Jonathan Swift’s Word Machine

75dfa2819ca68a724611bad9d34c83f1I’m fascinated by this. The satirist Jonathan Swift imagined something called The Engine in Gulliver’s Travels, first published in 1726. What The Engine did was to create texts; it was Swift’s ironic barb, suggesting that a mere machine could compete against and even overcome the words of contemporary authors. Let’s leave aside the obvious thought today about the idea: that in our Bladerunner world, machines might begin to create stories with which to soothe us to sleep. Let’s pretend that’s actually not going to happen.

Instead, I’ve been playing with a contemporary version of The Engine created by Dr. Kenneth I. Laws and Raphael Großmaß here: The Lagado Machine. What their machine does is to take inputted text and to allow for a random machine resampling of that text.

I chose the first three paragraphs of my favourite novel, The Good Soldier, by Ford Madox Ford. Here are Ford’s first three paragraphs:

This is the saddest story I have ever heard. We had known the Ashburnhams for nine seasons of the town of Nauheim with an extreme intimacy—or, rather with an acquaintanceship as loose and easy and yet as close as a good glove’s with your hand. My wife and I knew Captain and Mrs Ashburnham as well as it was possible to know anybody, and yet, in another sense, we knew nothing at all about them. This is, I believe, a state of things only possible with English people of whom, till today, when I sit down to puzzle out what I know of this sad affair, I knew nothing whatever. Six months ago I had never been to England, and, certainly, I had never sounded the depths of an English heart. I had known the shallows.

I don’t mean to say that we were not acquainted with many English people. Living, as we perforce lived, in Europe, and being, as we perforce were, leisured Americans, which is as much as to say that we were un-American, we were thrown very much into the society of the nicer English. Paris, you see, was our home. Somewhere between Nice and Bordighera provided yearly winter quarters for us, and Nauheim always received us from July to September. You will gather from this statement that one of us had, as the saying is, a “heart”, and, from the statement that my wife is dead, that she was the sufferer.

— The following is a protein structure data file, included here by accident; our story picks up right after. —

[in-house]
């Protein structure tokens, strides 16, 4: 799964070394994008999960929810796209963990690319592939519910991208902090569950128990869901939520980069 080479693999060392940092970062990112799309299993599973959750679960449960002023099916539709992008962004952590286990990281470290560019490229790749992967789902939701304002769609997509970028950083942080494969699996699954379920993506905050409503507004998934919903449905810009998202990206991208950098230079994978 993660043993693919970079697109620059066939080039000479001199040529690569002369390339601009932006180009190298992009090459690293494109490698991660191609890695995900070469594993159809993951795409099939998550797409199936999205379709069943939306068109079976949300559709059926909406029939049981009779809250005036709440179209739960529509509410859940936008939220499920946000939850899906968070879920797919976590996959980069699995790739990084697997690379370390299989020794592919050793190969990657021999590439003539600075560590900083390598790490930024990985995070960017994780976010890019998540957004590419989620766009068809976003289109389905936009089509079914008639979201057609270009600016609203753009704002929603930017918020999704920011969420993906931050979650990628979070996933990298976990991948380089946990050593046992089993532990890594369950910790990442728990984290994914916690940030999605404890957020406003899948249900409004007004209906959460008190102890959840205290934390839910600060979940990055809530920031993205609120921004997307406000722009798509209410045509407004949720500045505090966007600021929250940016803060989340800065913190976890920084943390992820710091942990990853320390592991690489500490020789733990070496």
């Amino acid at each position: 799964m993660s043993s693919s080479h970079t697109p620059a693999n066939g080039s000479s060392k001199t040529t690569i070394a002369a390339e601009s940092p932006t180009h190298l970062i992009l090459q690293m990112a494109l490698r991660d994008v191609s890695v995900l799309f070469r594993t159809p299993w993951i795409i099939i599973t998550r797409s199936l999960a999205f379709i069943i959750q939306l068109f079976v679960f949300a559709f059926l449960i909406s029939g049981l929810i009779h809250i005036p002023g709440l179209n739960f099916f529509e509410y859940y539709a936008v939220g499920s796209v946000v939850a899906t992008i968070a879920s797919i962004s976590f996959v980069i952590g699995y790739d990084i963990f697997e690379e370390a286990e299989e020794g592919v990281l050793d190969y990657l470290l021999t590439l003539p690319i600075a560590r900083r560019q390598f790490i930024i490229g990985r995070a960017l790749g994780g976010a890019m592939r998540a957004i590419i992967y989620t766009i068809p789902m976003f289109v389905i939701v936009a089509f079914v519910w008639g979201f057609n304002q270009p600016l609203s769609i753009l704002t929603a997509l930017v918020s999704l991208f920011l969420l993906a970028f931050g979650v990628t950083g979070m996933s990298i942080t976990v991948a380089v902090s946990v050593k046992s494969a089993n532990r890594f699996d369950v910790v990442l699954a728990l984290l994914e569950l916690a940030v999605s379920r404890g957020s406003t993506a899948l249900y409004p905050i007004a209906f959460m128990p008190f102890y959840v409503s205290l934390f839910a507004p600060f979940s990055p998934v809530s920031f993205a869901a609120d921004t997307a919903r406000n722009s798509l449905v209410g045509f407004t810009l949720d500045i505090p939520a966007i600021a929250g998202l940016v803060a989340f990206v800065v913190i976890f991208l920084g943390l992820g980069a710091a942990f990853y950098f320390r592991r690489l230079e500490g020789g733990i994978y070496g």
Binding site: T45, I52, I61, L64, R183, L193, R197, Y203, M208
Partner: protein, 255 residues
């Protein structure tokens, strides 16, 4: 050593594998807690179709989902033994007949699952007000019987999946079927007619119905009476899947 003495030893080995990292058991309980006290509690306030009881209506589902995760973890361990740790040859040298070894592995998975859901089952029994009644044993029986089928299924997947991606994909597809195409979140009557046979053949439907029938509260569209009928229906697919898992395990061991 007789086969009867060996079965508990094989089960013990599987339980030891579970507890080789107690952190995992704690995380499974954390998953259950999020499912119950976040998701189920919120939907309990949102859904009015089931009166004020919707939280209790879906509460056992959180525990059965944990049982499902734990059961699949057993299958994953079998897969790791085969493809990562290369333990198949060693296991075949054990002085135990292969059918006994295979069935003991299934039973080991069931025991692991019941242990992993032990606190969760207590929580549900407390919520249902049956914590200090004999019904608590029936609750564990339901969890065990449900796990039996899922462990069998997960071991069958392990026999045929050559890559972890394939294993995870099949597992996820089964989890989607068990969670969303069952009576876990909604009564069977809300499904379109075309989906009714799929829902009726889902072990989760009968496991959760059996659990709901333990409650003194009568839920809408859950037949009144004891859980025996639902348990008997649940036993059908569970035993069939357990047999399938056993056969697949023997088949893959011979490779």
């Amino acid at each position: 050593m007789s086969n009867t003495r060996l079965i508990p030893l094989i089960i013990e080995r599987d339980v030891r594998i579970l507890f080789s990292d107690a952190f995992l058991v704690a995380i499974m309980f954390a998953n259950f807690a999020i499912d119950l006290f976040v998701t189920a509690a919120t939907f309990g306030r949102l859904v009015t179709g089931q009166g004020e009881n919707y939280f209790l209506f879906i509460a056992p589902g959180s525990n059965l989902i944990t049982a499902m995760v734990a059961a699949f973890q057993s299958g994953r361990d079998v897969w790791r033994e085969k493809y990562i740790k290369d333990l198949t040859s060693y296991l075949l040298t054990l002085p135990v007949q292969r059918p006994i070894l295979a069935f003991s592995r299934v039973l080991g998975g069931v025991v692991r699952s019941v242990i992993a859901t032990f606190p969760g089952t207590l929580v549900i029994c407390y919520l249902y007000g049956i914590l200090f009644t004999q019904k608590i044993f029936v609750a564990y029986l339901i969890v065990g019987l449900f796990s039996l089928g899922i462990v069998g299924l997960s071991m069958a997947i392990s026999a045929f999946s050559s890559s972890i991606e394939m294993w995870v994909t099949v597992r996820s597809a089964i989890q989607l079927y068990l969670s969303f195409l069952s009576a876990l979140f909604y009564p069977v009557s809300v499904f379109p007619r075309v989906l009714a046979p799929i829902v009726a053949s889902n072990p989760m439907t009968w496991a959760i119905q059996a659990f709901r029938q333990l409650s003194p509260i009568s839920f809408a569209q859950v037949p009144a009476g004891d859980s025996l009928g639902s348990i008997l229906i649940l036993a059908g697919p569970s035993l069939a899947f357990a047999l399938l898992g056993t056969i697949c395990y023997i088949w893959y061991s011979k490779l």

Captain Ashburnham also had a heart. But, whereas a yearly month or so at Nauheim tuned him up to exactly the right pitch for the rest of the twelvemonth, the two months or so were only just enough to keep poor Florence alive from year to year. The reason for his heart was, approximately, polo, or too much hard sportsmanship in his youth. The reason for poor Florence’s broken years was a storm at sea upon our first crossing to Europe, and the immediate reasons for our imprisonment in that continent were doctor’s orders. They said that even the short Channel crossing might well kill the poor thing.

What fascinates me is that, each time I input those three paragraphs into the Lagado Machine, I get different opening sentences to compete with Ford’s famous opening sentence: “This is the saddest story I have ever heard.”

Here’s a few:

“The reason for his heart.”

“I don’t mean to keep poor thing.”

“But, whereas a good glove’s with many English.”

“But, we knew nothing whatever.”

In their different ways, the Machine’s opening sentences compete admirably with Ford’s. There is a chilly resonance blowing through, as though Ford were woken from his sleep to fight off this new competition. Where this might take us, heaven only knows.